Students Staff

16 October 2013

Just one in five UK children are ‘connected to nature’

Colchester Campus

Child enjoying the great outdoors

Enjoying the great outdoors. Picture: David Tipling

Only one in five UK children are “connected to nature”, according to a major project by the Royal Society for the Protection of Birds (RSPB) involving academics from Essex.

The three-year research project – the first of its kind to robustly measure how connected UK children are to nature – found that just 21 per cent of children have a level of connection to nature. The report’s findings will be released at an event at the Houses of Parliament tonight.

The University, which has a global reputation for its green exercise research, was involved in the study by establishing the best way to accurately measure connection to nature in children.

“There is anecdotal evidence about children being disconnected from nature, but the key factor in this study is that it is the first time we have been able to accurately measure just how connected to nature children actually are,” explained Rachel Bragg, Senior Researcher of the Green Exercise Research Team at the University.

The report comes as a result of growing concerns over generations of children with little or no contact with the natural world and wildlife, which the RSPB believes is one of the biggest threats to UK nature.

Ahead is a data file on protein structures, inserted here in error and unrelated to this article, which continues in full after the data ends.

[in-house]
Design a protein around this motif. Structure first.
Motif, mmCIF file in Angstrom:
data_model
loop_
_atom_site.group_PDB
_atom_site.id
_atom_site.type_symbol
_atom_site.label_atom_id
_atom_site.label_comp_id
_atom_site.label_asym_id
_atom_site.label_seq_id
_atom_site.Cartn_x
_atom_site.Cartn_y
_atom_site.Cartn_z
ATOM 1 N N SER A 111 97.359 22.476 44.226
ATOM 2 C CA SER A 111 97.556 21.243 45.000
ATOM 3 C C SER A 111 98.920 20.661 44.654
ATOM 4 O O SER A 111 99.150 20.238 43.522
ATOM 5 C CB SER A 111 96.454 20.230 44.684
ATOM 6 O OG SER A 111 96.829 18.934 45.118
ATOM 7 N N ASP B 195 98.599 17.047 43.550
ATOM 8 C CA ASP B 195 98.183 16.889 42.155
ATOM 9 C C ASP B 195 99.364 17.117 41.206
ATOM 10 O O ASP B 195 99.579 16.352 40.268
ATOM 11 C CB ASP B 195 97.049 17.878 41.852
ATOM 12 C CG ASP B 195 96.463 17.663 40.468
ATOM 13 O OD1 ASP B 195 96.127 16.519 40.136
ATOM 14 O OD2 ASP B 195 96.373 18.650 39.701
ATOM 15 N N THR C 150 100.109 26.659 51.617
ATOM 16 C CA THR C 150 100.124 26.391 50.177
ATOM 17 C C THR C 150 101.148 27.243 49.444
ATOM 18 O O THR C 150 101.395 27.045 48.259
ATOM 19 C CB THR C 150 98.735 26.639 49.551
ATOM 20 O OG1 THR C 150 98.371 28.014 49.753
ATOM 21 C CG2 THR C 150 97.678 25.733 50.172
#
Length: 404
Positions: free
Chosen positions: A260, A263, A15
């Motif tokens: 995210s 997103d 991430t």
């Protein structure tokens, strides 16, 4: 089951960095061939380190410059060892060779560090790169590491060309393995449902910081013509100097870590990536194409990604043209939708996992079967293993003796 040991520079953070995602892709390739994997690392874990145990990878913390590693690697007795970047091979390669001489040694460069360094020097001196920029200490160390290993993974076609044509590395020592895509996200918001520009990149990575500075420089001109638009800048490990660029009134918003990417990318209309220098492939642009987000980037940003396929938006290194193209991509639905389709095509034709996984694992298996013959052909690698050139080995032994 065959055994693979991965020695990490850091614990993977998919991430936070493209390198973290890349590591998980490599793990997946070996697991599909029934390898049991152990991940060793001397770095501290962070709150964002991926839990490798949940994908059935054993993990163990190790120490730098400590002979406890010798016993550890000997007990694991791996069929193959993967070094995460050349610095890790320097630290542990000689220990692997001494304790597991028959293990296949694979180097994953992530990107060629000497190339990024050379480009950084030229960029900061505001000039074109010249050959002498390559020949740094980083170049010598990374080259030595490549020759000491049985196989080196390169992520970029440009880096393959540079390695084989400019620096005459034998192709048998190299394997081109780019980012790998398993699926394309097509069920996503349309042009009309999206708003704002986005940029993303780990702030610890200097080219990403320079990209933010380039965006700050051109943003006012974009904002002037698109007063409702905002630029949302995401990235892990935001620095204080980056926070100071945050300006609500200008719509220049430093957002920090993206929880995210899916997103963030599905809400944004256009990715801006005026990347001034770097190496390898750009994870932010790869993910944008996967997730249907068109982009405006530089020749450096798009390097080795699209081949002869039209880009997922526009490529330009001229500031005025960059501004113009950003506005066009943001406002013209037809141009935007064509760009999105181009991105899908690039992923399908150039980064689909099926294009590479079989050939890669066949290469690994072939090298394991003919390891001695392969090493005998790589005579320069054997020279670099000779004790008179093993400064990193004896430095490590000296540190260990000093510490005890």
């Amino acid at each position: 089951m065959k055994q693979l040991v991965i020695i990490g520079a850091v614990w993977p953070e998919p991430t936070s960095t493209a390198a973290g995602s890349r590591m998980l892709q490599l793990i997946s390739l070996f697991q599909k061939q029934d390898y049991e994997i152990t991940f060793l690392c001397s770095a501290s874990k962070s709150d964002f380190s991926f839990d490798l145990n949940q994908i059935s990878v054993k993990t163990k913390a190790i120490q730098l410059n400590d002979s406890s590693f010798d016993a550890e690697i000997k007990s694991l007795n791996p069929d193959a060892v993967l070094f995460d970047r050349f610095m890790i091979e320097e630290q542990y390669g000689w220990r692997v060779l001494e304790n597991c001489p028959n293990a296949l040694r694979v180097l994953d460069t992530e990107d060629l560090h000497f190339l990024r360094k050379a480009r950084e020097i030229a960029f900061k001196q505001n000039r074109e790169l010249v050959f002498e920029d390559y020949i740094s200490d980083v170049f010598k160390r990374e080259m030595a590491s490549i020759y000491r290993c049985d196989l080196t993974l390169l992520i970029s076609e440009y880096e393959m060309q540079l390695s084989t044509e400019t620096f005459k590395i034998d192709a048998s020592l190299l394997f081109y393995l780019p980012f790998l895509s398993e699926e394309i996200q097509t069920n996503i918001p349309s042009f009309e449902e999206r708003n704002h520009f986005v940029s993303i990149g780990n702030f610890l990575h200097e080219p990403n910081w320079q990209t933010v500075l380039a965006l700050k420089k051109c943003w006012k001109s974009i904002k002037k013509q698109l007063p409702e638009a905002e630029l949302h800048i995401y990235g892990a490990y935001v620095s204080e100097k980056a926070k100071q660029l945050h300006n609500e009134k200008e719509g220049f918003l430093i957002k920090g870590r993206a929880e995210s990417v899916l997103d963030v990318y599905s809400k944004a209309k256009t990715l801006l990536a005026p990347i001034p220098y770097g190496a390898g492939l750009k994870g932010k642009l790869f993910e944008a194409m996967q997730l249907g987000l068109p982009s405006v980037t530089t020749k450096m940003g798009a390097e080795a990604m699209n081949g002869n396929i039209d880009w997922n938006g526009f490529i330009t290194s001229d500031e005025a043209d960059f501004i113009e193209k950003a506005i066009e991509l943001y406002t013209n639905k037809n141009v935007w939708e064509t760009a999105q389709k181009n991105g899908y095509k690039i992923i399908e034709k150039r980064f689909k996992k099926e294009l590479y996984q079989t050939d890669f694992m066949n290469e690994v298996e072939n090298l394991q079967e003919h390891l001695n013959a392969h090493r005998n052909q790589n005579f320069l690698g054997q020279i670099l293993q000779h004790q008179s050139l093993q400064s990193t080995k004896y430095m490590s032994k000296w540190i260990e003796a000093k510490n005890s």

The new study, which involved questioning more than 1,000 UK 8-12-year-olds, shows there are statistically significant differences between children’s connection to nature at a national level across the UK and between urban and rural areas as well as between boys and girls.

The RSPB believes that ensuring young people are connected to nature will mean they develop deeply-held feelings and attitudes towards wildlife and the world we all live in, and as a result will care enough to help save it in the future.

Dr Mike Clarke, RSPB Chief Executive, said: “This report is ground-breaking stuff. Millions of people are increasingly worried that today's children have less contact with nature than ever before, but until now there has been no robust scientific attempt to measure and track connection to nature among children in the UK, which means the problem hasn’t been given the attention it deserves.

“Nature is in trouble, and children’s connection to nature is closely linked to this. The recent State of Nature report shows that nature in the UK is being lost at a dramatic rate. We can all take action to put nature back into childhood, to ensure young people have better lives and a better future.

“For the first time, we have created a baseline that we and others can use to measure just how connected to nature the UK’s children really are. By adopting this new approach, we can all monitor children’s connection and we are recommending that governments and local authorities take action to increase it through policy and practice decisions.”

The University is continuing the work with the RSPB, looking further at connection to nature in the UK.


Note to editors:

To interview Rachel Bragg please contact the University of Essex Communications Office on 01206 872400 or e-mail:

For further information about the report, please contact Gemma Hogg, RSPB media officer on 01767 693582/07738881359 or e-mail:

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